Just 60 years ago, it was assumed that as we age we would lose our natural teeth. But, that’s not the case for today’s older adults who are keeping their natural teeth longer than ever before. A healthy mouth and teeth help you look good, eat delicious and nutritious foods, and speak clearly and confidently. Being mouth healthy is essential for good quality of life.
Dentists often say that your mouth is the gateway to your body. Maintaining good oral health habits now is especially important because unhealthy bacteria in the mouth not only can harm your teeth and gums but may be associated with serious medical conditions. Research has shown that infection s in the mouth may be associated with heart disease, stroke, diabetes, pneumonia and other health problems that are common in older adults. It really only takes a few simple steps to be mouth healthy for life:
- brush and floss daily
- visit your dentist regularly (not just when you have an emergency)
- eat nutritious foods
Common Myths of the Aging Mouth and Teeth
- Everyone needs dentures at some point. Good news! That is not true. Approximately 75% of those Americans over age 65 have kept all or some of their teeth.
- Dry mouth is unpleasant but it doesn’t pose a risk to my teeth.Not true. One common cause of cavities in older adults is dry mouth. Your dentist can make recommendations to help relieve dry mouth symptoms and prevent cavities.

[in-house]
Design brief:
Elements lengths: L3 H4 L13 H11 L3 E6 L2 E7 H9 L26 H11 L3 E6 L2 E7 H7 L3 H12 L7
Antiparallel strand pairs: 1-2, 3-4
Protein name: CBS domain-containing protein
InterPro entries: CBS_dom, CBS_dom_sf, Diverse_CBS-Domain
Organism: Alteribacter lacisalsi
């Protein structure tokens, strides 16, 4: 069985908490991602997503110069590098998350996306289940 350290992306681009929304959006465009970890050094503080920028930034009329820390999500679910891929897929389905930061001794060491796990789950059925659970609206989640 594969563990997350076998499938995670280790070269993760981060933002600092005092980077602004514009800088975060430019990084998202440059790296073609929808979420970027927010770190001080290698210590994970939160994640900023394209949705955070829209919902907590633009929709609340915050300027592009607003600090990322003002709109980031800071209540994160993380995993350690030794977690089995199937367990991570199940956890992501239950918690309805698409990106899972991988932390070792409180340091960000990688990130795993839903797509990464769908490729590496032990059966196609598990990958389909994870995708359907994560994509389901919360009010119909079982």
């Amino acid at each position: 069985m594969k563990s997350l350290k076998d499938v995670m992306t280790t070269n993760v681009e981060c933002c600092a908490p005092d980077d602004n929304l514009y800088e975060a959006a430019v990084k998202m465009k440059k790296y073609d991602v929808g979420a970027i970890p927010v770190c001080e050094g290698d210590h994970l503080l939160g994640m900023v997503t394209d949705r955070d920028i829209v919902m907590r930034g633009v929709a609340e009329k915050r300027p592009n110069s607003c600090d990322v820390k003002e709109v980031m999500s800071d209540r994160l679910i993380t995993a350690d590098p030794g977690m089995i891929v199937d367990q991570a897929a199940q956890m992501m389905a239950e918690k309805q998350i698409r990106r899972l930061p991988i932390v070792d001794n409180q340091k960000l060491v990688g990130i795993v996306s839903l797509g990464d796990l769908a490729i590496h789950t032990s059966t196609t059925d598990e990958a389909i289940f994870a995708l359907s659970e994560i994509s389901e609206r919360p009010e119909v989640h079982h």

- An electric toothbrush provides superior cleaning to a manual toothbrush. Not necessarily. Proper technique and use of a manual toothbrush twice a day, along with regular flossing can provide excellent results. Sometimes older people find an electric toothbrush helpful if they have dexterity issues such as arthritis which prevents proper and thorough brushing.
- It’s not important that the dentist knows I have a heart problem or joint replacement. If you have a heart condition or artificial joint, be sure to tell your dentist. That’s because there are some heart conditions with a high risk of infection from dental procedures, and an antibiotic is recommended. The same is true if you have artificial joints. Dentists follow recommendations that have been developed by the American Heart Association and the American Academy of Orthopedic Surgeons in cooperation with the American Dental Association. Talk to your dentist about how these recommendations might apply to you.
Visit with your dentist and hygienist about what you can do to increase the odds of enjoying a healthy smile all your life!